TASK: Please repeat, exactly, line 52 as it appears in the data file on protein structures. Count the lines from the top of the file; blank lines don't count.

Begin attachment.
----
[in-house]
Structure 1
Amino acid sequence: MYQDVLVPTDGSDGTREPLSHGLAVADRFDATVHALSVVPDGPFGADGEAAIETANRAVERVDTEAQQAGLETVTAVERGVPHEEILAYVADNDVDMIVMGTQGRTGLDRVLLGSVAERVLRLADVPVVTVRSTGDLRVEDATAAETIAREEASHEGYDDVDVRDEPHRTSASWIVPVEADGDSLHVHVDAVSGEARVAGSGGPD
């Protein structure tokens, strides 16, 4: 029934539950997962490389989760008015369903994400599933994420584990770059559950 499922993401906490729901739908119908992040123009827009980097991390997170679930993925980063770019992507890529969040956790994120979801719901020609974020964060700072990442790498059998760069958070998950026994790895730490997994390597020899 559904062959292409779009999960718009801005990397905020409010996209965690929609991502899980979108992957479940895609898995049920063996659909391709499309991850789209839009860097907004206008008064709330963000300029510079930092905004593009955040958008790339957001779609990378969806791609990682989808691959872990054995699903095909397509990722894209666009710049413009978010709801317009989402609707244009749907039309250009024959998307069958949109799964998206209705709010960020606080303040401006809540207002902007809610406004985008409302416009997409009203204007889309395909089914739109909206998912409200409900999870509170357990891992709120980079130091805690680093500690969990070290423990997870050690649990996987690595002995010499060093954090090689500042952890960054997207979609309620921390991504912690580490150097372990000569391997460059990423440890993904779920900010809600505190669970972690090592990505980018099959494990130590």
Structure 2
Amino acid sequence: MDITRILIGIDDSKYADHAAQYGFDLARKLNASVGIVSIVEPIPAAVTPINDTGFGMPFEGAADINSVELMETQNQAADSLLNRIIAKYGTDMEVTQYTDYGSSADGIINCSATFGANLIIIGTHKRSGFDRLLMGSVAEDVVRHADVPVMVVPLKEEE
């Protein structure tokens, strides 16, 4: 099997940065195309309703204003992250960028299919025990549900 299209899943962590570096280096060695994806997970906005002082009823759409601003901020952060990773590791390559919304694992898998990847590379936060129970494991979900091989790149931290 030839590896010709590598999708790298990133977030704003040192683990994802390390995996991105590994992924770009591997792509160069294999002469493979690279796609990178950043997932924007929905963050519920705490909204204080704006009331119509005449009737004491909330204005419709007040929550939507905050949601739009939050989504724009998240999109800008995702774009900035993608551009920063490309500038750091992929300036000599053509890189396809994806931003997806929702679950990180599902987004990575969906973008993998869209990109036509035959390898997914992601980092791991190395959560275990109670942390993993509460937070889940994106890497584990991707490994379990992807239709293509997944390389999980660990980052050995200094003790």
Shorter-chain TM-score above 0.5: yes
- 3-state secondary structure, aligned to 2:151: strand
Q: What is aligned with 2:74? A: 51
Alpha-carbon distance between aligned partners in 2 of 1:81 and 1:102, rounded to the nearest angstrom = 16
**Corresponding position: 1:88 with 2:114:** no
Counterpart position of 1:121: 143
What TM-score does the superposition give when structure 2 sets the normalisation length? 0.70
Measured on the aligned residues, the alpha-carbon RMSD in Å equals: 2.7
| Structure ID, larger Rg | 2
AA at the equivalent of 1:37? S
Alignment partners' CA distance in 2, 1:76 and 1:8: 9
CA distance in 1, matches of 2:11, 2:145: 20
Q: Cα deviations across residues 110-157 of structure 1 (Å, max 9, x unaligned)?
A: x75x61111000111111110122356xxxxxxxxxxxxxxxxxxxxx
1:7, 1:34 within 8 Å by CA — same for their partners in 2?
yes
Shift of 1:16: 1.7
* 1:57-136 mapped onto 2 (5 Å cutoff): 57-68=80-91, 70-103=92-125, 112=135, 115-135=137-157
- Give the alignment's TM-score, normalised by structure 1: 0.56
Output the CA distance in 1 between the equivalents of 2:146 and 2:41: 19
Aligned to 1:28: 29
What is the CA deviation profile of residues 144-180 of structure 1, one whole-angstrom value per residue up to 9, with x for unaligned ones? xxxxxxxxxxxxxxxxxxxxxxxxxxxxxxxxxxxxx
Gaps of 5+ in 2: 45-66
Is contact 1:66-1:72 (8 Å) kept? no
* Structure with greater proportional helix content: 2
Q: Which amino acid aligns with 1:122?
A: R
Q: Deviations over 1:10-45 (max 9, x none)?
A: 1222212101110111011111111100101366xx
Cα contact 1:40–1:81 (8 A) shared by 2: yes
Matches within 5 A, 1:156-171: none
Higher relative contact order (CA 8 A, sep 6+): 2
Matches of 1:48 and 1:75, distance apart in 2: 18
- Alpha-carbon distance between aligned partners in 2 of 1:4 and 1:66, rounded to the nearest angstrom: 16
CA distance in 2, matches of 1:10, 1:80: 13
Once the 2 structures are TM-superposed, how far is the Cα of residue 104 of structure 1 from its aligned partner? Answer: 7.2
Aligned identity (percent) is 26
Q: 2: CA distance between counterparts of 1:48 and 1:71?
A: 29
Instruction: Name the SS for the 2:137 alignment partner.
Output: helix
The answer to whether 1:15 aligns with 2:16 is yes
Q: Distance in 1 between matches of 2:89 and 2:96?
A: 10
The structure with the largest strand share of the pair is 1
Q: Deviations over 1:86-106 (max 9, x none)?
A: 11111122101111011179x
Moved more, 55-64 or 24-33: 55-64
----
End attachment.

The structure with the largest strand share of the pair is 1